It may seem like something out of a movie but driverless cars really are a reality that will come to be in the very near future. Many companies have successfully trialled vehicles, and it is said that millions of jobs worldwide are set to be lost as driverless cars start to phase in. Not great news for taxi drivers, but for those with disabilities and the ageing population looking to get their independence back, the prospect of a future with driverless cars is an exciting one.
People with both physical and mental disabilities have a plethora of issues when it comes to transportation. Many of them have a loss of independence as they cannot learn to drive and thus cannot move as freely and autonomously as many other people do. Public transport has been playing catch-up in recent years with regards to becoming more accessible to those with disabilities, but there’s still a long way to go on that front.
A lack of independence from the inability to easily travel to and from places is a key issue when it comes to the mental health and happiness of many disabled people, as many experience a sense of entrapment. Plus, many elderly people who have been judged unfit to drive (or lacking the confidence to do so) also suffer from the same anxieties.
Many of these key issues could be remedied by the advent of driverless cars, and then some. Here are just a few of the benefits that a world with driverless cars would bring to those with disabilities or lack of transport opportunities.
Increased independence and happiness
Driverless cars would give a greater sense of independence to disabled people. They’ll be able to choose when and where they want to go, whether it be for attending appointments, shopping, or even just socialising. Having greater autonomy would also reduce a disabled person’s reliance on carers, as well as improve their mental health and happiness as they won’t feel as isolated or as helpless.
Reduction in anxieties
The simple task of travelling to and from places can be the source of serious anxiety for many people with disabilities. Having to plan ahead and depend on drivers or unreliable public transport services can really take its toll. Driverless cars would bring an end to the anxiety that disabled face as a result of their dependence on unreliable or stressful modes of transport, putting their mind at ease knowing that the journey to and from where they plan to go will be safe, affordable, and simple.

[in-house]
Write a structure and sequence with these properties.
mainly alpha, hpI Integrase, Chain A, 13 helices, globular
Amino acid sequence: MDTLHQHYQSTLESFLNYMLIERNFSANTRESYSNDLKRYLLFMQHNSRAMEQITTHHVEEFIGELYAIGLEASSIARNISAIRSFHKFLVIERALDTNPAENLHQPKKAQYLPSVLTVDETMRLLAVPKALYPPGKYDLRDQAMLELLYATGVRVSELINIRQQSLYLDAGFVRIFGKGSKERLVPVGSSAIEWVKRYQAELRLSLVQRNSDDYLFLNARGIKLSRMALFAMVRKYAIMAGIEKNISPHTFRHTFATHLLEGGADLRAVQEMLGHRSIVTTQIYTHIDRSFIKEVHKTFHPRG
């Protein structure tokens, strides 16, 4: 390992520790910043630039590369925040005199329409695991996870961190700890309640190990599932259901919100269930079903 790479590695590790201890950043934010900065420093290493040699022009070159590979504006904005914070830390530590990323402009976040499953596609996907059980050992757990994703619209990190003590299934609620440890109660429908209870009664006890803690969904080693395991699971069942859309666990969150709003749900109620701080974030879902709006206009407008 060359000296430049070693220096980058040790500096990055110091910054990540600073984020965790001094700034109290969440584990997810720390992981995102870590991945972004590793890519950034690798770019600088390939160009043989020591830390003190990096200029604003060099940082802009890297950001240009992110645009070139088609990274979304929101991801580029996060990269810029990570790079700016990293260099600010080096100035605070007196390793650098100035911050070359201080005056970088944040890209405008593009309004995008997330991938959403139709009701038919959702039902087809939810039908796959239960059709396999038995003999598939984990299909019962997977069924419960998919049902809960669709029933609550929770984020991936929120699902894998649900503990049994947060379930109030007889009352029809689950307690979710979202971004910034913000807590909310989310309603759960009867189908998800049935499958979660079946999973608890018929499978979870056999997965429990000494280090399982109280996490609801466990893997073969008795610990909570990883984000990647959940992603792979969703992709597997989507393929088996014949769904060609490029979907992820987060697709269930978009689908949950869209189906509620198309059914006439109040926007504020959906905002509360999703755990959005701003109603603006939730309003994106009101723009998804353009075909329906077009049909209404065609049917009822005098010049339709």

Improving society’s perception of people with disabilities
Driverless cars could have some serious knock-on effects that would improve the lives of people with disabilities within society. Increased independence for disabled people would allow them to integrate more into their local communities, giving the rest of society the chance to be in contact with disabled people more frequently. This could help people to better understand those with disabilities, as well as removing stigmas and clearing up misconceptions.
Cheap car insurance for those with disabilities
If driverless cars become more mainstream then car insurance premiums would inevitably reduce for drivers with disabilities. As technology takes on more of the task of driving on the roads, there will be less need for modifications to cars in order to make them drivable by people with disabilities. Car modifications are one of the main reasons that disabled drivers sometimes face higher insurance premiums.
More opportunity for employment for disabled people
Difficulty with transportation has been considered as one of the reasons behind the stats that show that disabled people are 30% less likely to be in employment that those without disabilities. Driverless cars would open up a whole new world of employment possibilities for the disabled as they would find it easier to travel to and from locations for work.
Further advances in technology that could benefit the disabled
As the driverless technology develops it could mean that more and more disabled people are aided by the new advancements. Just like parking assist/sensors and automatic braking have helped, the ability to pre-programme journeys could help those who have mental and physical disabilities that would prevent them from completing a journey using the methods available today.